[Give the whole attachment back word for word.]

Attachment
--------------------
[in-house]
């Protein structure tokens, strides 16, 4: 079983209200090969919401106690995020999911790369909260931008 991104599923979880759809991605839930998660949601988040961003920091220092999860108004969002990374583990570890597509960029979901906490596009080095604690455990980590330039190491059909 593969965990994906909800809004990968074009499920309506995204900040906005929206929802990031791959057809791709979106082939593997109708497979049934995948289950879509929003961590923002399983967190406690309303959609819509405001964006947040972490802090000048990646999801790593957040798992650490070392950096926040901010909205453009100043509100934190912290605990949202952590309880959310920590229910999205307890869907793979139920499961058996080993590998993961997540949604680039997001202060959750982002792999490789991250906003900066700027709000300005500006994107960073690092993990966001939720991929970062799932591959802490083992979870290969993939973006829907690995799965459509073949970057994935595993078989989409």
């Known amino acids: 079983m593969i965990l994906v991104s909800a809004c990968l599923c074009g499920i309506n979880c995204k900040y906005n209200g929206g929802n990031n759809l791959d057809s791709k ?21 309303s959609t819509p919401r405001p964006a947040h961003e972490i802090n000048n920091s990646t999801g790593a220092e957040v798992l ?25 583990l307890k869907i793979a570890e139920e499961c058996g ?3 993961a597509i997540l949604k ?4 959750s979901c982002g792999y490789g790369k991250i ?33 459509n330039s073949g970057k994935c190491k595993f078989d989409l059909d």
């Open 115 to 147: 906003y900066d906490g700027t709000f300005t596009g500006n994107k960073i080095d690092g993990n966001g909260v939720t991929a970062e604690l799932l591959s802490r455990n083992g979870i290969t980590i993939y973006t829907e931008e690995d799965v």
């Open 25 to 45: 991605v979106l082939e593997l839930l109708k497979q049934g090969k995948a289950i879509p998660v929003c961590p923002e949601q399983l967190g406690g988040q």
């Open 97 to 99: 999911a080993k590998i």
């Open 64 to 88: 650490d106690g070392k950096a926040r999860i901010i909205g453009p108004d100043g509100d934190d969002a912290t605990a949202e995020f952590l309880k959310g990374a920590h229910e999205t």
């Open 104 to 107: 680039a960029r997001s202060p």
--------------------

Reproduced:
[in-house]
């Protein structure tokens, strides 16, 4: 079983209200090969919401106690995020999911790369909260931008 991104599923979880759809991605839930998660949601988040961003920091220092999860108004969002990374583990570890597509960029979901906490596009080095604690455990980590330039190491059909 593969965990994906909800809004990968074009499920309506995204900040906005929206929802990031791959057809791709979106082939593997109708497979049934995948289950879509929003961590923002399983967190406690309303959609819509405001964006947040972490802090000048990646999801790593957040798992650490070392950096926040901010909205453009100043509100934190912290605990949202952590309880959310920590229910999205307890869907793979139920499961058996080993590998993961997540949604680039997001202060959750982002792999490789991250906003900066700027709000300005500006994107960073690092993990966001939720991929970062799932591959802490083992979870290969993939973006829907690995799965459509073949970057994935595993078989989409």
């Known amino acids: 079983m593969i965990l994906v991104s909800a809004c990968l599923c074009g499920i309506n979880c995204k900040y906005n209200g929206g929802n990031n759809l791959d057809s791709k ?21 309303s959609t819509p919401r405001p964006a947040h961003e972490i802090n000048n920091s990646t999801g790593a220092e957040v798992l ?25 583990l307890k869907i793979a570890e139920e499961c058996g ?3 993961a597509i997540l949604k ?4 959750s979901c982002g792999y490789g790369k991250i ?33 459509n330039s073949g970057k994935c190491k595993f078989d989409l059909d």
């Open 115 to 147: 906003y900066d906490g700027t709000f300005t596009g500006n994107k960073i080095d690092g993990n966001g909260v939720t991929a970062e604690l799932l591959s802490r455990n083992g979870i290969t980590i993939y973006t829907e931008e690995d799965v």
């Open 25 to 45: 991605v979106l082939e593997l839930l109708k497979q049934g090969k995948a289950i879509p998660v929003c961590p923002e949601q399983l967190g406690g988040q």
């Open 97 to 99: 999911a080993k590998i």
């Open 64 to 88: 650490d106690g070392k950096a926040r999860i901010i909205g453009p108004d100043g509100d934190d969002a912290t605990a949202e995020f952590l309880k959310g990374a920590h229910e999205t």
């Open 104 to 107: 680039a960029r997001s202060p």